I knew before we took the first step out the door in Hitzendorf … well actually, I didn’t know – not being a big fan of dwelling in the future – but I was certainly told by quite a few people that the Long Walk Home would be a tough test, not only of physical stamina, but also of emotional and mental strength. Well how true that prediction has proven to be.
At the top of the list of reasons for occasional low spirits is simply the fact that I miss my wife and children. I know it’s just going to be three months, but when there’s a seemingly endless road stretched out in front of you, those three months can, if you let them, seem like an eternity. Another reason might be the roughing it and doing without the creature comforts. I mean, how important can a nice big Guinness mug of Irish-blend tea be in the morning? Very … I can assure you. And that’s just one of the simple pleasures I miss. Then there is the worry that one of the various aches and pains I have might become so bad as to make it impossible to continue. This obviously hasn’t happened yet, and I’m not planning on it happening, but it does cross my mind sometimes, and I don’t want to let anyone down.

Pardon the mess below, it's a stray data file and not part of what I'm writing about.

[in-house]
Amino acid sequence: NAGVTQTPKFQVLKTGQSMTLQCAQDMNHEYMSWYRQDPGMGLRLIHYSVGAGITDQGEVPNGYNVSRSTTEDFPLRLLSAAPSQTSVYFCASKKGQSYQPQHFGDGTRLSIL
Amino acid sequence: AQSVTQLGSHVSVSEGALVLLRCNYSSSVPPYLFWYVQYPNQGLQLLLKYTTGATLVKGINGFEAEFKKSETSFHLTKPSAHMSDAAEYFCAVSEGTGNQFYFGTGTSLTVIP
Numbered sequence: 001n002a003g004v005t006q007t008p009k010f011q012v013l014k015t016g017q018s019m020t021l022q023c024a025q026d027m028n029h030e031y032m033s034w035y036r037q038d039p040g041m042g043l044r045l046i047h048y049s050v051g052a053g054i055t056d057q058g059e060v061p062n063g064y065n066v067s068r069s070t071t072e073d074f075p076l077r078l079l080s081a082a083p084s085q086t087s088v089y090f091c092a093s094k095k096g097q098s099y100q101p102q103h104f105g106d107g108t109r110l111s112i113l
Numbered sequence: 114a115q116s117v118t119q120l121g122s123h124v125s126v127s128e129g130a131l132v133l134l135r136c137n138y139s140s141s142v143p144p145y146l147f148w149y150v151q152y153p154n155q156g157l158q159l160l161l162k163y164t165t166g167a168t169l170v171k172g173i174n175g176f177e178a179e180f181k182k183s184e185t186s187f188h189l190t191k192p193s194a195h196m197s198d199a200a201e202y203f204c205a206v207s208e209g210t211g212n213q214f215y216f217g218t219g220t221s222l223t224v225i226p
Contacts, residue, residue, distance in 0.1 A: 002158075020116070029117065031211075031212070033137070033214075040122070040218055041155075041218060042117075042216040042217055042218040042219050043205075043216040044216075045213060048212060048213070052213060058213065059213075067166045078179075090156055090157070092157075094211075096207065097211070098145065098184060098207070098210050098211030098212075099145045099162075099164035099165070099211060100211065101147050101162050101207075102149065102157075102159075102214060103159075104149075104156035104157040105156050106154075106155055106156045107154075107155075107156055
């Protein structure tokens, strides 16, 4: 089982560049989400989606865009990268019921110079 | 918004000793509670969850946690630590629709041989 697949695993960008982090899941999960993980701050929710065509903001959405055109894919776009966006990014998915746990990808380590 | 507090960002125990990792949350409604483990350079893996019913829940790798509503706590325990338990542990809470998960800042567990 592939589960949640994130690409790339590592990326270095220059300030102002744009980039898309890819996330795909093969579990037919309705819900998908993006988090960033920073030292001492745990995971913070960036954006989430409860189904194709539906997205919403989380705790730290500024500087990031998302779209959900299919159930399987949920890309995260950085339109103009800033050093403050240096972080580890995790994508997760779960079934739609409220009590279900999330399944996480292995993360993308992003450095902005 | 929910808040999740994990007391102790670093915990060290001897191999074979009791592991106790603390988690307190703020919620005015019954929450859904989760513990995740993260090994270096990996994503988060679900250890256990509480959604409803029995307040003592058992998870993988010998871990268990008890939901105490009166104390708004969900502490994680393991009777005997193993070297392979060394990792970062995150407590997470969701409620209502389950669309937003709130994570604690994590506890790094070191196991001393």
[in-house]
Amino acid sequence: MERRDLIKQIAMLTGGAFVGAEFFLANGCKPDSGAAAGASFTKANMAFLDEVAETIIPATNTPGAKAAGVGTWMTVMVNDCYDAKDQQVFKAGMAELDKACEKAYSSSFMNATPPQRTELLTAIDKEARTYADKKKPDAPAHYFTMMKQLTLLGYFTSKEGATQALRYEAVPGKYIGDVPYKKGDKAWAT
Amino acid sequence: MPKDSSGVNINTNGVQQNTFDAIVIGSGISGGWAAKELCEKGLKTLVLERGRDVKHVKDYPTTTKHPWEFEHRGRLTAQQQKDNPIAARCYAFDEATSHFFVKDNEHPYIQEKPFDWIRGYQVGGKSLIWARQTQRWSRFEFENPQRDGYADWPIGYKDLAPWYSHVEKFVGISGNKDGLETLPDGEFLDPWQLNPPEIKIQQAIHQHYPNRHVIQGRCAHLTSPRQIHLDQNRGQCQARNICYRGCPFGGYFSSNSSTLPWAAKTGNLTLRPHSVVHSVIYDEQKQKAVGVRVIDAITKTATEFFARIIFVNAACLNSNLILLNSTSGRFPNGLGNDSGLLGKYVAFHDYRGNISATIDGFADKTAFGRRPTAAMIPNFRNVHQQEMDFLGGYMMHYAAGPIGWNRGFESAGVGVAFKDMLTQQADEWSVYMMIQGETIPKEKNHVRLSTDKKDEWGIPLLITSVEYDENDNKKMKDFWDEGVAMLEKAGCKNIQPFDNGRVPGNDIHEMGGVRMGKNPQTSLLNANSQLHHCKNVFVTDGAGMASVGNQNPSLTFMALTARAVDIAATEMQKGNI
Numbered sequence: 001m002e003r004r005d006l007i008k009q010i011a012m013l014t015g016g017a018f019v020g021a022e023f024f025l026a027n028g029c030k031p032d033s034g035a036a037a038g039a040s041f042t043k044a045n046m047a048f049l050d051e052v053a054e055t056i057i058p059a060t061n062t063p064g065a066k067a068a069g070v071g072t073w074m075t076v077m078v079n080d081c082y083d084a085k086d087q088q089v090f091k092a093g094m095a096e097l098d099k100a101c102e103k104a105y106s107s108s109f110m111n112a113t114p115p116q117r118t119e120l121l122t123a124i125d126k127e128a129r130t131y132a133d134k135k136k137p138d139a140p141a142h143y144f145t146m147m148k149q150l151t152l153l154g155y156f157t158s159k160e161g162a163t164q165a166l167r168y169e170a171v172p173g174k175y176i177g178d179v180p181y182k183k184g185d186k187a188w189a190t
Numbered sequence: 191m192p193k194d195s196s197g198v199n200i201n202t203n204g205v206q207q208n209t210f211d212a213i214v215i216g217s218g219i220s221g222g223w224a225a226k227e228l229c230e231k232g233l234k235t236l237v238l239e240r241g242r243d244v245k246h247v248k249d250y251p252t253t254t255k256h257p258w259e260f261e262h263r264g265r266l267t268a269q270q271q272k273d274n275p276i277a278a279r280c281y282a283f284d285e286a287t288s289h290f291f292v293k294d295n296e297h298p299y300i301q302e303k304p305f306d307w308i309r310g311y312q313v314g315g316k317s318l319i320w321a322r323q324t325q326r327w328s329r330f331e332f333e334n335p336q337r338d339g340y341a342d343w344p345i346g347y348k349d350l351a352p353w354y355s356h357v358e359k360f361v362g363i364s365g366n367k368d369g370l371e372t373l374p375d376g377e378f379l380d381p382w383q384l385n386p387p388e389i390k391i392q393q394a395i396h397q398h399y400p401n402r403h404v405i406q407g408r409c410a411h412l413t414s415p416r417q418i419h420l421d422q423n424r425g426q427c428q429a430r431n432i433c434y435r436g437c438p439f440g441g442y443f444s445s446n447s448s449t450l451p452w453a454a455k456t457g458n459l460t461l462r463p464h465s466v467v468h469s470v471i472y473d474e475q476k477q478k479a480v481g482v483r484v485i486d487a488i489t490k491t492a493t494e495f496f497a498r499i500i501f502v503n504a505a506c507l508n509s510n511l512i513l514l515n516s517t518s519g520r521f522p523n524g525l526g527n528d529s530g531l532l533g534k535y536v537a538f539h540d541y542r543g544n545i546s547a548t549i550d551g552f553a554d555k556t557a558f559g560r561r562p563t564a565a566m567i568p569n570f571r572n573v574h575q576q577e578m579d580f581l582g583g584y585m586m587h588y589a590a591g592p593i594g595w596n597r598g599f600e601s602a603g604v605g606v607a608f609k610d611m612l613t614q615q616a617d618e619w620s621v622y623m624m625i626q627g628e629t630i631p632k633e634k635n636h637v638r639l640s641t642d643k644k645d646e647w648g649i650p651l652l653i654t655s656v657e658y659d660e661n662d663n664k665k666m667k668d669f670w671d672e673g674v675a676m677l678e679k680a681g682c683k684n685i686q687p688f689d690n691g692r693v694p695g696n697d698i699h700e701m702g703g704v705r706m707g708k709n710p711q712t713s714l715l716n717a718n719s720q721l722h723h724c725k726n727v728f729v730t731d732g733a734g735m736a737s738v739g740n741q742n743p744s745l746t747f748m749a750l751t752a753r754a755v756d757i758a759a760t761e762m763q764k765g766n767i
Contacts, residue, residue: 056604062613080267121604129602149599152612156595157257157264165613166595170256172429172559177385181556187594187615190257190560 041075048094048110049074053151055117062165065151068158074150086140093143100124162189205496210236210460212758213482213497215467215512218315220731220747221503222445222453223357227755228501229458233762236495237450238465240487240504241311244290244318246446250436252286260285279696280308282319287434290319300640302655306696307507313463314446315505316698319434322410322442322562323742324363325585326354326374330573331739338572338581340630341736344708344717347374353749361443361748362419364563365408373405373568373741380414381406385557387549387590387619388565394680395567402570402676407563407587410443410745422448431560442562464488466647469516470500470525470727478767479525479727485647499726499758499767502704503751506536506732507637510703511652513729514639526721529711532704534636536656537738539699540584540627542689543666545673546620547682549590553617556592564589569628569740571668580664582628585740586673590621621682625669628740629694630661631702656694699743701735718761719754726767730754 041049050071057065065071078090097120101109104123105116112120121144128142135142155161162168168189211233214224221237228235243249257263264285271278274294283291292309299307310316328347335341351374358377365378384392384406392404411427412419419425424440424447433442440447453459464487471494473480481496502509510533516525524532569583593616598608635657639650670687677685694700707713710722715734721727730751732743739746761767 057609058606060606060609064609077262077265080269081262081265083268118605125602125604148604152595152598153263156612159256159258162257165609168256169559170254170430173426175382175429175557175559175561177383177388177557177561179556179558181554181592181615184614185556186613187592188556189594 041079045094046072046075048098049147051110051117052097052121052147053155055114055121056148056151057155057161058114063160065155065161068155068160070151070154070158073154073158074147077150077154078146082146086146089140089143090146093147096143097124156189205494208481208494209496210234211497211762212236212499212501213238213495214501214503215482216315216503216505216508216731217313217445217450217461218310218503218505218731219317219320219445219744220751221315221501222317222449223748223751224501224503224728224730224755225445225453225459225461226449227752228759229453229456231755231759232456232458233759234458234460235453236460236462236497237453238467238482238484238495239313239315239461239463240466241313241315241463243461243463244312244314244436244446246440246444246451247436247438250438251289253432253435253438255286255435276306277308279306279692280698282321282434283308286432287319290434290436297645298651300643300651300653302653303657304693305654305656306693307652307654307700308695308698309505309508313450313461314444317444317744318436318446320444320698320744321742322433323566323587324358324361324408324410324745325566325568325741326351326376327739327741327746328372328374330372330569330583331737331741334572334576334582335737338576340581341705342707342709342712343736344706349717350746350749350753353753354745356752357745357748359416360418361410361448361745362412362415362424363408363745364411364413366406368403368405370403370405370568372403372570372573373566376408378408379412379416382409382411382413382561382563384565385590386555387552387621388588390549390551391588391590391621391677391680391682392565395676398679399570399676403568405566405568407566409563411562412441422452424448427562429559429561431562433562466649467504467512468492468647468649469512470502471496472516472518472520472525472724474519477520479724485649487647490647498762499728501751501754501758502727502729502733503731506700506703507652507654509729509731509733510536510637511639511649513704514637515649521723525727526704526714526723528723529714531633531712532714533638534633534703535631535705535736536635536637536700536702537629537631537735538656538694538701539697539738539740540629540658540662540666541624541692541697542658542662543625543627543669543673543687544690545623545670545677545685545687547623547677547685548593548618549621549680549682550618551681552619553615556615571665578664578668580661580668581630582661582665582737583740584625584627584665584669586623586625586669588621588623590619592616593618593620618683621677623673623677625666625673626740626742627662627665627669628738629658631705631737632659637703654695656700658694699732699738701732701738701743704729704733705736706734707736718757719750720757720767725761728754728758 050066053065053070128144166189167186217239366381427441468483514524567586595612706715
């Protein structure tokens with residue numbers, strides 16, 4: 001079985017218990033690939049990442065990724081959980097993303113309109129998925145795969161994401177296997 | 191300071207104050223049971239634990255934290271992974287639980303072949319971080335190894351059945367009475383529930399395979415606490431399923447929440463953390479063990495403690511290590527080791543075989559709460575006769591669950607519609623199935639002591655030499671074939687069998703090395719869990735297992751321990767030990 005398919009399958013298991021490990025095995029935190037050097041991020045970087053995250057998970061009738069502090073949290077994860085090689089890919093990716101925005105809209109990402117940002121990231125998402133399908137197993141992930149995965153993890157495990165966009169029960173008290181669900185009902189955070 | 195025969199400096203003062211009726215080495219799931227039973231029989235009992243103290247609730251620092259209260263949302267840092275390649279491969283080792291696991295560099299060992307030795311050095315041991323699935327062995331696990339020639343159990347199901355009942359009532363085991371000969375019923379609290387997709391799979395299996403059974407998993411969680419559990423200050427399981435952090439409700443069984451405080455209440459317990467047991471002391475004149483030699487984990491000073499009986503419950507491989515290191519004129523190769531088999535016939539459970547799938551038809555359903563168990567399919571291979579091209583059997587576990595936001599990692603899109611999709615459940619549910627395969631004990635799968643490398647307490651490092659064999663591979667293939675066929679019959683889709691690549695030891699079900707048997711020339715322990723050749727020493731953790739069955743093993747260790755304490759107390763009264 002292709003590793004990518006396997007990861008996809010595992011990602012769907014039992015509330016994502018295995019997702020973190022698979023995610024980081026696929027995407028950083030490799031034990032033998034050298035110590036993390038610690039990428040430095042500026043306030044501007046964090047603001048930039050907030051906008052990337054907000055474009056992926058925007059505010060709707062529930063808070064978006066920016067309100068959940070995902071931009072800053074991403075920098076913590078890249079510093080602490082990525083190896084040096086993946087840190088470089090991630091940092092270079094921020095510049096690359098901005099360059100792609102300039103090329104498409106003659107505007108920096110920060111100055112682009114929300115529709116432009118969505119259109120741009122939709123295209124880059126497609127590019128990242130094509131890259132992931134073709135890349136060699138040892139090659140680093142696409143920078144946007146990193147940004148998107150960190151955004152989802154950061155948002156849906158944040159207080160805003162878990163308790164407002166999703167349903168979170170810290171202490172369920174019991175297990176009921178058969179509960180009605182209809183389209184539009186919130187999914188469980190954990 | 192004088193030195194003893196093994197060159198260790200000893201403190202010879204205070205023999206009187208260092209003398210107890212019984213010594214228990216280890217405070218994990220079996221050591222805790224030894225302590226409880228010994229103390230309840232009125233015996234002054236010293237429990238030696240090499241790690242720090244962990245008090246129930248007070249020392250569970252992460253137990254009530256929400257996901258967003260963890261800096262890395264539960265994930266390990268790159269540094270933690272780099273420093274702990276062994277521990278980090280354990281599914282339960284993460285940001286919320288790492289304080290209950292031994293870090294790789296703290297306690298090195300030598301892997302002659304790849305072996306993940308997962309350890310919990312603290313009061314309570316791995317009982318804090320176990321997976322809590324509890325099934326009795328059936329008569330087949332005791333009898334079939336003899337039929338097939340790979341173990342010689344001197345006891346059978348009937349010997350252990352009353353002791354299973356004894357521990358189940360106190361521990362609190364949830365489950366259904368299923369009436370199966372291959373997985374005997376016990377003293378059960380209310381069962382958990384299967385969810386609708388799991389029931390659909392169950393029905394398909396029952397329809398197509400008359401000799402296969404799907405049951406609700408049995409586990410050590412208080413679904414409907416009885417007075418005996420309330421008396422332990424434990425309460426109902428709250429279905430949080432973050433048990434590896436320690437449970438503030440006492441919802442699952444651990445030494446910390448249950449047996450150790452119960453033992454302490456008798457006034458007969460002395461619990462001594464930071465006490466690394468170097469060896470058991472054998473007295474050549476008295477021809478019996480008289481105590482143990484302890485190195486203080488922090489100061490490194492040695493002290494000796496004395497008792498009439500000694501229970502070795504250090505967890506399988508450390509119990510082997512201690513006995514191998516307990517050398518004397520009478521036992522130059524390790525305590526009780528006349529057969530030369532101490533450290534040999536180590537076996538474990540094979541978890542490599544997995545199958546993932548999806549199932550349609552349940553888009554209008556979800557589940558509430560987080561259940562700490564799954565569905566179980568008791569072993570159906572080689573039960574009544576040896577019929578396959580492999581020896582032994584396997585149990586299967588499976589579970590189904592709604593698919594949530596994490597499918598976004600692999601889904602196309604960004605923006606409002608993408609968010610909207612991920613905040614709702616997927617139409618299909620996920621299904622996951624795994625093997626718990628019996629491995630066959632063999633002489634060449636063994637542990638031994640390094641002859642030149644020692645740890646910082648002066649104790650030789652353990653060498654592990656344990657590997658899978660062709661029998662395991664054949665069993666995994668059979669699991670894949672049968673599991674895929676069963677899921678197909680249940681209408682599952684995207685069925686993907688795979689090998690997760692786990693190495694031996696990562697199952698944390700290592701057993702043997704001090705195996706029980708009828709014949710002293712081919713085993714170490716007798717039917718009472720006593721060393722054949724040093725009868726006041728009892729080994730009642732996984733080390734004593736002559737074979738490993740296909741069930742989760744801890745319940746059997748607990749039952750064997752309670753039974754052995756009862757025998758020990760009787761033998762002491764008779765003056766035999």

Anyway, the point is I do indeed, on occasion, find the walk emotionally challenging. But, when I’m pounding the tarred roads, or stony braes of Europe I just look to my left and there’s my Mum walking beside me, and then I look to my right and see my father-in-law, who also passed away recently also walking with me. Then I find myself smiling again.
It’s funny the way people who have died can be with you anywhere and at any time. Everyone else has to be contacted via Skype or WhatsApp or some other electronic means. And in the former case you don’t need to worry about the battery in your smartphone running out.
Just a thought …